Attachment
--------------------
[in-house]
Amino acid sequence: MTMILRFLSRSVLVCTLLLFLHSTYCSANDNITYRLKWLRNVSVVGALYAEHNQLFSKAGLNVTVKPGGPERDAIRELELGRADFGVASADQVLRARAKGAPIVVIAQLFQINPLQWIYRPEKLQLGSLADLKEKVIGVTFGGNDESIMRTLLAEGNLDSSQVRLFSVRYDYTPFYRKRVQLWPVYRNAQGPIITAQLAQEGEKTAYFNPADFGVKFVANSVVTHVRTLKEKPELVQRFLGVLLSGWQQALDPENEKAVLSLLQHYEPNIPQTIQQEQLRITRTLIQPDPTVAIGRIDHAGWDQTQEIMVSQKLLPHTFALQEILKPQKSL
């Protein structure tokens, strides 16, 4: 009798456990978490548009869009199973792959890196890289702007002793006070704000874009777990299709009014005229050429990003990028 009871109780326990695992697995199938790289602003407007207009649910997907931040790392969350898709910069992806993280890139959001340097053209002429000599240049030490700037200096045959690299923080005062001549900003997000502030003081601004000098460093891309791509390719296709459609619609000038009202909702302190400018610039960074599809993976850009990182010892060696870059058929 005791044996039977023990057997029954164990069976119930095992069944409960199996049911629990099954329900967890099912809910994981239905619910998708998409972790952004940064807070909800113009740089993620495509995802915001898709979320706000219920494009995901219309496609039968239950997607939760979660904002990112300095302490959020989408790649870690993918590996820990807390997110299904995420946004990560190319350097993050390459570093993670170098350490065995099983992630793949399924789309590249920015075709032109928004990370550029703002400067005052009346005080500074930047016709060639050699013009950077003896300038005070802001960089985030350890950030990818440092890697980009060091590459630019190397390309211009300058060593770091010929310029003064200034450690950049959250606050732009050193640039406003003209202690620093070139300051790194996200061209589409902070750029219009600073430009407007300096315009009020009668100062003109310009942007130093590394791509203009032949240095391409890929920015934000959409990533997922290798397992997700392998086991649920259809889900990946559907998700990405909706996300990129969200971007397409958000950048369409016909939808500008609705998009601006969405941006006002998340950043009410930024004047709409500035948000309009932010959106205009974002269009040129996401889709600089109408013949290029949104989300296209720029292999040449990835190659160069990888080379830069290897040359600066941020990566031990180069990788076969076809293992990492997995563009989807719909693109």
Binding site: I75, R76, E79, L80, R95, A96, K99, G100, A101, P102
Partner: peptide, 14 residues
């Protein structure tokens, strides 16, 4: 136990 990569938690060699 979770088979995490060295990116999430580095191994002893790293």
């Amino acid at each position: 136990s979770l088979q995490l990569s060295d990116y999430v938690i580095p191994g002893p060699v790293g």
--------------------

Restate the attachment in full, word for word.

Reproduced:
[in-house]
Amino acid sequence: MTMILRFLSRSVLVCTLLLFLHSTYCSANDNITYRLKWLRNVSVVGALYAEHNQLFSKAGLNVTVKPGGPERDAIRELELGRADFGVASADQVLRARAKGAPIVVIAQLFQINPLQWIYRPEKLQLGSLADLKEKVIGVTFGGNDESIMRTLLAEGNLDSSQVRLFSVRYDYTPFYRKRVQLWPVYRNAQGPIITAQLAQEGEKTAYFNPADFGVKFVANSVVTHVRTLKEKPELVQRFLGVLLSGWQQALDPENEKAVLSLLQHYEPNIPQTIQQEQLRITRTLIQPDPTVAIGRIDHAGWDQTQEIMVSQKLLPHTFALQEILKPQKSL
């Protein structure tokens, strides 16, 4: 009798456990978490548009869009199973792959890196890289702007002793006070704000874009777990299709009014005229050429990003990028 009871109780326990695992697995199938790289602003407007207009649910997907931040790392969350898709910069992806993280890139959001340097053209002429000599240049030490700037200096045959690299923080005062001549900003997000502030003081601004000098460093891309791509390719296709459609619609000038009202909702302190400018610039960074599809993976850009990182010892060696870059058929 005791044996039977023990057997029954164990069976119930095992069944409960199996049911629990099954329900967890099912809910994981239905619910998708998409972790952004940064807070909800113009740089993620495509995802915001898709979320706000219920494009995901219309496609039968239950997607939760979660904002990112300095302490959020989408790649870690993918590996820990807390997110299904995420946004990560190319350097993050390459570093993670170098350490065995099983992630793949399924789309590249920015075709032109928004990370550029703002400067005052009346005080500074930047016709060639050699013009950077003896300038005070802001960089985030350890950030990818440092890697980009060091590459630019190397390309211009300058060593770091010929310029003064200034450690950049959250606050732009050193640039406003003209202690620093070139300051790194996200061209589409902070750029219009600073430009407007300096315009009020009668100062003109310009942007130093590394791509203009032949240095391409890929920015934000959409990533997922290798397992997700392998086991649920259809889900990946559907998700990405909706996300990129969200971007397409958000950048369409016909939808500008609705998009601006969405941006006002998340950043009410930024004047709409500035948000309009932010959106205009974002269009040129996401889709600089109408013949290029949104989300296209720029292999040449990835190659160069990888080379830069290897040359600066941020990566031990180069990788076969076809293992990492997995563009989807719909693109």
Binding site: I75, R76, E79, L80, R95, A96, K99, G100, A101, P102
Partner: peptide, 14 residues
């Protein structure tokens, strides 16, 4: 136990 990569938690060699 979770088979995490060295990116999430580095191994002893790293």
């Amino acid at each position: 136990s979770l088979q995490l990569s060295d990116y999430v938690i580095p191994g002893p060699v790293g």